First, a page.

How to Balance Passion and Profit
Talk to a typical author and you’ll discover an abundance of contradictions. Lots of us, for instance, want adoring fans but hate to share our work. We value our words enough to charge for them but battle imposter syndrome. One of the biggest contradictions we face is our desire to write for fun but also hit sales targets. We want to be uncompromising artists but we get frustrated when our books don’t achieve monetary success. Some authors attain both goals without compromising at all. What you’ll find, though, is that they’re the lucky minority. Many more don’t start out writing commercial Bully Academy Romance, perfectly written to market.
Indeed, a huge portion of us start out writing an obscure passion project; a pressing idea we just couldn’t shake. One about bees building a castle or a woman who crosses an ocean with nothing but a dinghy and a prosthetic leg. What we don’t discover until later is that these original ideas generally have a hard time finding an audience. If this is the case for you then the choice that follows the revelation will be all too familiar: write exactly what you want and keep your writing a hobby forever, or jump into a more commercial sub-genre to write books full-time? Some authors see it as a binary decision: write the books you love or “sell out” for money.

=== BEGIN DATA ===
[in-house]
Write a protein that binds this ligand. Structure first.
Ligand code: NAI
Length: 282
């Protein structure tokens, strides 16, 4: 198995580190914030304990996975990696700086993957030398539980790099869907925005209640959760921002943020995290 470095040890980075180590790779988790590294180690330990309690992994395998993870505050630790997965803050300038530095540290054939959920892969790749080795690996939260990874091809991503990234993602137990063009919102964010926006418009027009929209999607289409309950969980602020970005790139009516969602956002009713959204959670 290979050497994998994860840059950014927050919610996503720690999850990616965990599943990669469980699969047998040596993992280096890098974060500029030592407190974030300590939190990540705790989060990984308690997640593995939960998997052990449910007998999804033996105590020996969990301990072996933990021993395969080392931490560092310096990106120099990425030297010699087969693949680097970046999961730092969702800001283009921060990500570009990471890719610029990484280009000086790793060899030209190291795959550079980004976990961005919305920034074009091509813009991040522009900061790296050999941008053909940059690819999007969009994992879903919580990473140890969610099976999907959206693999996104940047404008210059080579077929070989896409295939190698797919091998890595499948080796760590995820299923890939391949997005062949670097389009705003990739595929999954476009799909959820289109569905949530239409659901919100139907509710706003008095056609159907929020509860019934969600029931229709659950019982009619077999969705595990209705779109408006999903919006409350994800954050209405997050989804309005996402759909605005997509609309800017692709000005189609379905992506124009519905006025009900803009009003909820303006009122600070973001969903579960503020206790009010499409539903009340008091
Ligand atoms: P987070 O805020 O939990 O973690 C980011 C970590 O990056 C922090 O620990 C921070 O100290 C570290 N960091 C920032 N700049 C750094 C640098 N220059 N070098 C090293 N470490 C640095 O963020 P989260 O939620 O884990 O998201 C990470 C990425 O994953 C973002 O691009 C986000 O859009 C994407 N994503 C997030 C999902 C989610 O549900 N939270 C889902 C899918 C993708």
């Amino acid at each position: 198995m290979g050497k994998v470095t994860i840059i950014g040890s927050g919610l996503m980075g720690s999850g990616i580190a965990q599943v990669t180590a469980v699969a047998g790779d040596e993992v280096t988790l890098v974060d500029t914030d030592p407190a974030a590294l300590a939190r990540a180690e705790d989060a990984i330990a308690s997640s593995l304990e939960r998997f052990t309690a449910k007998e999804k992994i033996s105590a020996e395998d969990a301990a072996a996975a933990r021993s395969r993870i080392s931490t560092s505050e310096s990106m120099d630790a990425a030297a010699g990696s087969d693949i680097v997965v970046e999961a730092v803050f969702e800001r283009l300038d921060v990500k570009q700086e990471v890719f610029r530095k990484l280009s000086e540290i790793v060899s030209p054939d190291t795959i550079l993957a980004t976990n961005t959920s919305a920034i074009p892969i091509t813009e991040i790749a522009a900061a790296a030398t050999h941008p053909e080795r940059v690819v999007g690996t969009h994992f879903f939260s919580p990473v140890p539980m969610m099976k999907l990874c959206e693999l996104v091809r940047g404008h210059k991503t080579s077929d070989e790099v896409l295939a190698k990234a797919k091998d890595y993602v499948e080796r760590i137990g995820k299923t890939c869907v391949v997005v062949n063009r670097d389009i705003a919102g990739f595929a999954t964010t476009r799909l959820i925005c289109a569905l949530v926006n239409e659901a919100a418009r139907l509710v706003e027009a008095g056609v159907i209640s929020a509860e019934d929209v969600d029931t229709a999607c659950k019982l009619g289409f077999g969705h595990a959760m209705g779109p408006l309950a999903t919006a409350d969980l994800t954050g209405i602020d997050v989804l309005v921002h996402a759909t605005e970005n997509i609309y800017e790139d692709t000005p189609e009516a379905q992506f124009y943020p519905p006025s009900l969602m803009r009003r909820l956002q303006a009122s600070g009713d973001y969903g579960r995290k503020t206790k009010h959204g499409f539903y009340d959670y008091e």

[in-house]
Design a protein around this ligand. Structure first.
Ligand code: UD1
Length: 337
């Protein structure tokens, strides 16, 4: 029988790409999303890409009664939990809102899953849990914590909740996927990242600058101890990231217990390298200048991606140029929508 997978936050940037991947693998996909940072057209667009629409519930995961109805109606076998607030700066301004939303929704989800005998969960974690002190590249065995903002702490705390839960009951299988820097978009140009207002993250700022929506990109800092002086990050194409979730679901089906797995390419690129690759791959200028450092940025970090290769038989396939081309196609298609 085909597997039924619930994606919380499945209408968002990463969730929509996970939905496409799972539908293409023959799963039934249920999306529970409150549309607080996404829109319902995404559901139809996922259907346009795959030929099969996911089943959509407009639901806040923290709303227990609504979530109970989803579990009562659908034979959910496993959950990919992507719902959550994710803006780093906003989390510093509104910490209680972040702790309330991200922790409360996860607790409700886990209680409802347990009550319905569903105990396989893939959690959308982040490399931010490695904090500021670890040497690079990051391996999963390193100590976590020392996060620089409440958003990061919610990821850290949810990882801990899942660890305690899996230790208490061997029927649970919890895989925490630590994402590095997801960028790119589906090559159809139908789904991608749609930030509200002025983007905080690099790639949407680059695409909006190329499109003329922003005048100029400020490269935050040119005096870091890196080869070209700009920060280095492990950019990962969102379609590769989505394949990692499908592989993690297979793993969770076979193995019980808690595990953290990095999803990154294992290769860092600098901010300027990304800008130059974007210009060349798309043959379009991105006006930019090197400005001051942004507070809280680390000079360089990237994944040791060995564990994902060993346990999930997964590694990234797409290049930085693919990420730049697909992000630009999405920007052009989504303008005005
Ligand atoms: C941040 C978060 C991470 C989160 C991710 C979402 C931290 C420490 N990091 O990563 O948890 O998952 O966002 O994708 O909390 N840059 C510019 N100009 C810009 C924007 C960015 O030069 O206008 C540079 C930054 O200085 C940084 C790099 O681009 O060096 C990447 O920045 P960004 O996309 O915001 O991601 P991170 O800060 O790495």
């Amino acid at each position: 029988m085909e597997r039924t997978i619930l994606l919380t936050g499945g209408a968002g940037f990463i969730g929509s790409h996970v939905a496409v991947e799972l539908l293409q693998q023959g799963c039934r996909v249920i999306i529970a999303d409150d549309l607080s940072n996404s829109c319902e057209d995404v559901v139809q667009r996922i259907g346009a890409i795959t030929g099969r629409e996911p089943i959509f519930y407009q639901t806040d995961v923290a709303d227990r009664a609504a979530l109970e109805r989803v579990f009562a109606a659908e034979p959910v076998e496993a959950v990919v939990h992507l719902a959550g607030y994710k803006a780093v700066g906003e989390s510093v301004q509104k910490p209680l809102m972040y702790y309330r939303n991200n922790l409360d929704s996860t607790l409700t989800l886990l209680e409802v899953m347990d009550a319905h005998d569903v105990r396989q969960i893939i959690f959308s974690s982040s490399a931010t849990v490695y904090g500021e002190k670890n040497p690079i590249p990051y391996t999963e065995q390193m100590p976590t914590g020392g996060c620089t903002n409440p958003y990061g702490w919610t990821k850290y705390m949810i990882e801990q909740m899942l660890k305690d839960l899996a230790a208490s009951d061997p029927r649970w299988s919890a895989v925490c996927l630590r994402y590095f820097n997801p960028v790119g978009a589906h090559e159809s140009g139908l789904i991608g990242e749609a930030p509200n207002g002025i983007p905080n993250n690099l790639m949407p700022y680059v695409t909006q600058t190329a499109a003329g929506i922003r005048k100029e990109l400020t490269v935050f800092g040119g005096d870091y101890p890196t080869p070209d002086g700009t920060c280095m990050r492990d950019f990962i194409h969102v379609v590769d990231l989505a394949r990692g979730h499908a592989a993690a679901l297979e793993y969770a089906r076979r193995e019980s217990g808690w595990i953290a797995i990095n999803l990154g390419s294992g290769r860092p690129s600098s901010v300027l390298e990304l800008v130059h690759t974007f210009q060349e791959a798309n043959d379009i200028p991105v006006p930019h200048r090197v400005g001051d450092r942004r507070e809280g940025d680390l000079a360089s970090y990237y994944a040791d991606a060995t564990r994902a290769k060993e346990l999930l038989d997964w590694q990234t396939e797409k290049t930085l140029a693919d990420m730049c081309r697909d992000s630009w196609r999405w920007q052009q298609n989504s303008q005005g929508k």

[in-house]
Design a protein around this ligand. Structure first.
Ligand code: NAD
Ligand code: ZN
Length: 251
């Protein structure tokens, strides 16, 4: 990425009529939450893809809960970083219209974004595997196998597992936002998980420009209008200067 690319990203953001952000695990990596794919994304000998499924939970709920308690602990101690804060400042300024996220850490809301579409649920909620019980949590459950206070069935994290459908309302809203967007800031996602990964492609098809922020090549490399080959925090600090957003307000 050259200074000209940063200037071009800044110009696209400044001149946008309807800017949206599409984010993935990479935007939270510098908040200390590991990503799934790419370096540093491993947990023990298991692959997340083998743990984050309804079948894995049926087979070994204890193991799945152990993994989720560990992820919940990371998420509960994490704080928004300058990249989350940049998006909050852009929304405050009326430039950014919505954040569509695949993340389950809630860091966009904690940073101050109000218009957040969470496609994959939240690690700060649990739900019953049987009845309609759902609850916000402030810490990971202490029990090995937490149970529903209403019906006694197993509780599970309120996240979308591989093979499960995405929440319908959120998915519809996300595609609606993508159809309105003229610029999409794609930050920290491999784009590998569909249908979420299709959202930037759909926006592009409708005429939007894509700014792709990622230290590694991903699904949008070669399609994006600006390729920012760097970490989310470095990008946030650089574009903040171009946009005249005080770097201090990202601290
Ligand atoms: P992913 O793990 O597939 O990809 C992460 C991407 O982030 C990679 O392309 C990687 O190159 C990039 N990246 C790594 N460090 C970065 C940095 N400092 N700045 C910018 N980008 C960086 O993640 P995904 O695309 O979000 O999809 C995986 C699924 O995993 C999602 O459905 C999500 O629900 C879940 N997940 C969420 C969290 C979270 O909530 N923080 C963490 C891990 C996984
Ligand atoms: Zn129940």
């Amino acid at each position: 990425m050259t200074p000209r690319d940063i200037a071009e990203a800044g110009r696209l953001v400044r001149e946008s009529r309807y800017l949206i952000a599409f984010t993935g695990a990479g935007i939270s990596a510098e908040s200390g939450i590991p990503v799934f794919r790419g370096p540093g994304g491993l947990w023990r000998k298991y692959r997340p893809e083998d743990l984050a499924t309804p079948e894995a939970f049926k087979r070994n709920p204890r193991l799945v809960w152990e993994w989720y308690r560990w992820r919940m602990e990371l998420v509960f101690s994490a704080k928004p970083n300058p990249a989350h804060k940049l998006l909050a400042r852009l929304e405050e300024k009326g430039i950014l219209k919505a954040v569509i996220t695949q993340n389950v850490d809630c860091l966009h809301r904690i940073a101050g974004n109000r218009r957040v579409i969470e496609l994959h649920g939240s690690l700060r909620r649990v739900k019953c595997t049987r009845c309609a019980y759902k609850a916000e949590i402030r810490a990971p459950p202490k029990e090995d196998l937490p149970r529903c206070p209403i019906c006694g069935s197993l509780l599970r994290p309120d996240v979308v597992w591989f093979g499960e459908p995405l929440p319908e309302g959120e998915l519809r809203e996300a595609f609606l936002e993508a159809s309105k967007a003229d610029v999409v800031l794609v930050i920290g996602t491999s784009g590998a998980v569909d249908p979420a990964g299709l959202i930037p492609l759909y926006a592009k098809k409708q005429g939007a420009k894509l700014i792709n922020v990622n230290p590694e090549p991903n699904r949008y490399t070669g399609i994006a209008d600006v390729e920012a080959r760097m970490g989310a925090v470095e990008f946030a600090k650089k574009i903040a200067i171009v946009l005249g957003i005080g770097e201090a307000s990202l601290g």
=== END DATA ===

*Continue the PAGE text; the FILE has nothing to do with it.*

The truth, though, is that the scenario isn’t binary. There’s a lot of ground between profit and passion and, as an author, you have the freedom to explore every inch. Sure, if you refuse to consider the market at all, you may struggle to earn a living. But you don’t have to abandon the stories you love altogether to build a viable brand. Admittedly, lots of authors must adapt, but most eventually find a sub-genre that pays the bills and that they enjoy almost as much as their passion projects. The key to happiness is understanding where to draw the line. If you’re facing this puzzle yourself then read on because today we’ll explore how to balance passion and profit.